In the medical insurance and benefits sector, medical cannabis is becoming more mainstream. Last year, Sun Life Financial Inc. broke new ground when it became the country’s first major insurance company to offer coverage for medical cannabis to those with group benefits plans. And effective this year, the life insurance arm of SSQ Insurance began offering plan sponsors the option of covering medical cannabis.
Two factors convinced Sun Life to allow plan administrators to add medicinal cannabis coverage, says Cristina dos Santos, the company’s director of extended health care, product development and group benefits in Toronto. First, there was interest in and inquiries about the opportunity to offer employees coverage for medical cannabis. Second, there was sufficient evidence to support the use of cannabis as a medical therapy.
Two studies out of New Mexico, for example, found that patients experienced significant health benefits for everything from chronic pain to insomnia. In the United States, the U.S. Food and Drug Administration has approved three cannabinoids, the active chemicals in medical cannabis, as drugs for the treatment of epilepsy, weight loss in people with AIDS, and nausea and vomiting for chemotherapy patients.
In Sun Life’s case, the company covers use of medical cannabis for cancer with severe or refractory pain, nausea and/or vomiting due to treatments; multiple sclerosis with neuropathic pain or spasticity; rheumatoid arthritis with pain that has not responded to standard therapy; HIV/AIDS with anorexia or neuropathic pain; and patients requiring palliative care.
Healthy support from unions
Ontario Public Service Employees Union is among the unions that support coverage of medical cannabis, has a benefit plan
Unions are also major supporters of providing coverage for medical cannabis to members. In 2017, the Ontario Public Service Employees Union (OPSEU) rolled out a new benefit plan that provided medical cannabis coverage for insured OPSEU staff. Under the new benefit, insured employees and their spouses and dependants can claim up to $3,000 a year for medical cannabis. For claims to be eligible, they must be prescriptions from licensed physicians, and the cannabis must be obtained from organizations legally authorized to produce and sell medical cannabis.
One of those companies is Starseed Medicinal Inc. Last year, the subsidiary of Starseed Holdings, Inc. became the first medical cannabis company to sign a supply and service agreement with a union, the Laborers’ International Union of North America, to provide medical cannabis. “I don’t know of anyone else in the industry to go this route. We’ve created a relationship with the actual decision-makers,” says company president Angelo Tsebelis in Toronto.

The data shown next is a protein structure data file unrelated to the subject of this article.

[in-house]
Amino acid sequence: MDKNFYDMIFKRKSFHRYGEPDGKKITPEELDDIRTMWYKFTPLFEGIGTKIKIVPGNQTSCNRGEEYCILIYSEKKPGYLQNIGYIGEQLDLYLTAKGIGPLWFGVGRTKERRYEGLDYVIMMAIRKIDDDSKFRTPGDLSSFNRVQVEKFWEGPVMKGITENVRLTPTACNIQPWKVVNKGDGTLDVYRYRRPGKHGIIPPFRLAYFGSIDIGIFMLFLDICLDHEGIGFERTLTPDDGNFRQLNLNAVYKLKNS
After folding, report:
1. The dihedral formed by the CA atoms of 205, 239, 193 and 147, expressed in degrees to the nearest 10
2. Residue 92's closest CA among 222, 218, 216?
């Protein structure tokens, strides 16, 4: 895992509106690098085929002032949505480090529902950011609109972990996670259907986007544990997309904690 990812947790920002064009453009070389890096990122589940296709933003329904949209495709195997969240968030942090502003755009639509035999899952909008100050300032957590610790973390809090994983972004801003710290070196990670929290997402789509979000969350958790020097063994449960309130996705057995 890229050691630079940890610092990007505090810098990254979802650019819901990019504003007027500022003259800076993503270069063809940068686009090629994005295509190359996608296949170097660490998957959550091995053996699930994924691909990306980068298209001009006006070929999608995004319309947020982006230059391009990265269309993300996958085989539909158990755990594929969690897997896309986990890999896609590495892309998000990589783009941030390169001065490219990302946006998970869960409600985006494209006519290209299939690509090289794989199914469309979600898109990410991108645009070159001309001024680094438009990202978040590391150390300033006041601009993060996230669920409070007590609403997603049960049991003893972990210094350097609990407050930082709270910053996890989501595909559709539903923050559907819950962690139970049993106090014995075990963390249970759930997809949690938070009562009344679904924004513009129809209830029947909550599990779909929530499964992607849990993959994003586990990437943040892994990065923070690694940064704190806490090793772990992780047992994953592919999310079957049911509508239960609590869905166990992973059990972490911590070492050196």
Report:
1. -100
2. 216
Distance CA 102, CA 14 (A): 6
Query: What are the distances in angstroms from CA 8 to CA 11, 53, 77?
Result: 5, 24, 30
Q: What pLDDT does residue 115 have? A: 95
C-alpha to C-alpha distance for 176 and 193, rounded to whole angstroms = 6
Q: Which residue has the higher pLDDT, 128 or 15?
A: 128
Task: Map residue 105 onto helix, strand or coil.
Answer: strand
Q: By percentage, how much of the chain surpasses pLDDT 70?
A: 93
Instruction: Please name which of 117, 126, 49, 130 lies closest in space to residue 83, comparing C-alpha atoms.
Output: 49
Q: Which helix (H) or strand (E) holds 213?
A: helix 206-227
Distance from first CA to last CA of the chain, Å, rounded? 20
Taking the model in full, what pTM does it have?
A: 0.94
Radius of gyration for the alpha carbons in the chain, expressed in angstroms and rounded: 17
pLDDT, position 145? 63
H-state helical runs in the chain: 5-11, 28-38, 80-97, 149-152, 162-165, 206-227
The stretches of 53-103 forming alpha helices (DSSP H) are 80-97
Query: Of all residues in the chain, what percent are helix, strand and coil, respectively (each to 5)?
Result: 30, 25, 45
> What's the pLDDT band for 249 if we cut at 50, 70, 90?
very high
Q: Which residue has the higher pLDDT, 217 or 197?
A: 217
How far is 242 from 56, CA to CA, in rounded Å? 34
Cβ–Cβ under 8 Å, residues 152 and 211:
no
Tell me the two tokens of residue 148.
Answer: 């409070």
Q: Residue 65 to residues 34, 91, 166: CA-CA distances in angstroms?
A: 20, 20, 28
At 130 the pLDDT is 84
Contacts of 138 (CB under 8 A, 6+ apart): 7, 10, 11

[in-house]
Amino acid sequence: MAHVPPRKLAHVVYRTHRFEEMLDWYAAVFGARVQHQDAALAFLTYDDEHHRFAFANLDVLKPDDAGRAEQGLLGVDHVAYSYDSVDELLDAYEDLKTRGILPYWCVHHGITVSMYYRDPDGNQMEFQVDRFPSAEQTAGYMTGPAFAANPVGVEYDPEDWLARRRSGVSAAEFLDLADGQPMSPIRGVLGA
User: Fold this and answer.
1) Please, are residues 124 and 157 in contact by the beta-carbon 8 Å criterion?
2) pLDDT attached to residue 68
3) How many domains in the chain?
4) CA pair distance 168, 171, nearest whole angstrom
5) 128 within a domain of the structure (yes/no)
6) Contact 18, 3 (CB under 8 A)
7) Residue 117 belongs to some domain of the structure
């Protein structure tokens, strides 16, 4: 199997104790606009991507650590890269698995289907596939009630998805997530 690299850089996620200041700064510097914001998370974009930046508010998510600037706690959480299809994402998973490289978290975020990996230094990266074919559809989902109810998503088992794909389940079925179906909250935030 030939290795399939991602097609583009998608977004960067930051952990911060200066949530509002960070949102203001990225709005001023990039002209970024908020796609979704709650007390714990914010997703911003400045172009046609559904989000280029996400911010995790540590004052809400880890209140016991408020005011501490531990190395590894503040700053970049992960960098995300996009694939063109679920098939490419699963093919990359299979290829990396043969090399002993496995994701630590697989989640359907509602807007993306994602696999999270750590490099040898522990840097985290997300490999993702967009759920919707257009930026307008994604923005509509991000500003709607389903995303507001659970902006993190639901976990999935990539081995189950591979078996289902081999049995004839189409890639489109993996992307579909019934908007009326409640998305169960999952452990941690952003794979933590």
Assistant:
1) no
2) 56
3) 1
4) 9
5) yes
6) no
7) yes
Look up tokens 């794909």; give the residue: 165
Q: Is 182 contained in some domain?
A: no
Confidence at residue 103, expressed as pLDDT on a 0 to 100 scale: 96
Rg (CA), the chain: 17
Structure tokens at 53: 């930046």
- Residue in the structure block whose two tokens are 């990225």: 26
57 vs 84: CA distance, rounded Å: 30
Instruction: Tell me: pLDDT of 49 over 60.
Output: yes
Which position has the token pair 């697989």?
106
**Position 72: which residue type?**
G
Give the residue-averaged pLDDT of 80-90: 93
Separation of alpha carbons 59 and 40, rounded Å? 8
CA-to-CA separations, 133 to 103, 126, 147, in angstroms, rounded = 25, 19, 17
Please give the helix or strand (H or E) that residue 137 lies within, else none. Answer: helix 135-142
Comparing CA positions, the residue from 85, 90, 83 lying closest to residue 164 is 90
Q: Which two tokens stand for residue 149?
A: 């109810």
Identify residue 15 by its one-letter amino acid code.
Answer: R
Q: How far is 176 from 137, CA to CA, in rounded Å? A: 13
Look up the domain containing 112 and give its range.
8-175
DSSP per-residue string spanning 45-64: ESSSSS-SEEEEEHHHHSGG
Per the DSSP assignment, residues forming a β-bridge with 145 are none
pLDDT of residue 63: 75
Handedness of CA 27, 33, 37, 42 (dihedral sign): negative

Under the agreement, Starseed—which is poised to announce as many as five more partnerships with unions—facilitates access to medical cannabis by offering everything from an exclusive arrangement under the plan’s health benefits account to providing direct reimbursement (and then billing the insurer directly). “It’s really a service that we’ve created,” Tsebelis notes.
The first company to provide coverage under Sun Life’s plan was Aurora Cannabis Inc., the parent company of a licensed producer of medical cannabis. While the coverage made history in Canada, coverage should be the norm, argues Jonathan Zaid, director of advocacy and corporate responsibility with Aurora in Toronto.
“It should be covered like every other drug,” says Zaid, who broke new ground back in 2014 when, as a student at the University of Waterloo, successfully advocated to have medical cannabis covered for the first time in Canada as part of the student healthcare plan.
Medical cannabis charted different path
Legalization of recreational cannabis in Canada is helping to educate employers and address concerns
But medical cannabis is not like every other drug. It became legal after a number of court challenges and because it did not go through the standard Health Canada process for approving a drug, medical cannabis is not included on drug formularies because it doesn’t have a drug identification number (DIN).
Even so, says dos Santos, “this does not hinder access.” For employers, however, medical cannabis is atypical, she notes. “What’s unique about this are the safety concerns some employers have. Employers need to keep in mind if this [offering] aligns with their HR (human resources) policies.”
Companies like Starseed are lending a hand. “We’re working closely with insurance companies and advisors to see how they can help their clients and roll this out responsibly,” says Tsebelis.
The legalization of recreational cannabis is also helping to educate employers and address concerns, Zaid suggests. “The legalization generally has allowed for more open conversations around cannabis. It brings more comfort to those who had concerns about legality of coverage.”
But offering cannabis coverage is not for every company, cautions dos Santos. “First, consider if this is right for your employee base.”
In a paper on the issue prepared by Sun Life, the insurance company recommends employers ask—and answer—three key questions. Would adding medical cannabis coverage address a need in the employee base? Does the organization risk backlash if medical cannabis is not covered? Do the company have the communication resources in place to explain coverage details?
Zaid notes Canada is still in the early stages of providing coverage for medical cannabis. There are, for example, no public formularies that provide coverage primarily because there is no DIN allocated to medical cannabis, he says.
This should not be a barrier, says Zaid. “The University of Waterloo showed you can apply a pseudo DIN or (pseudo drug identification number) to allow for coverage,” he adds.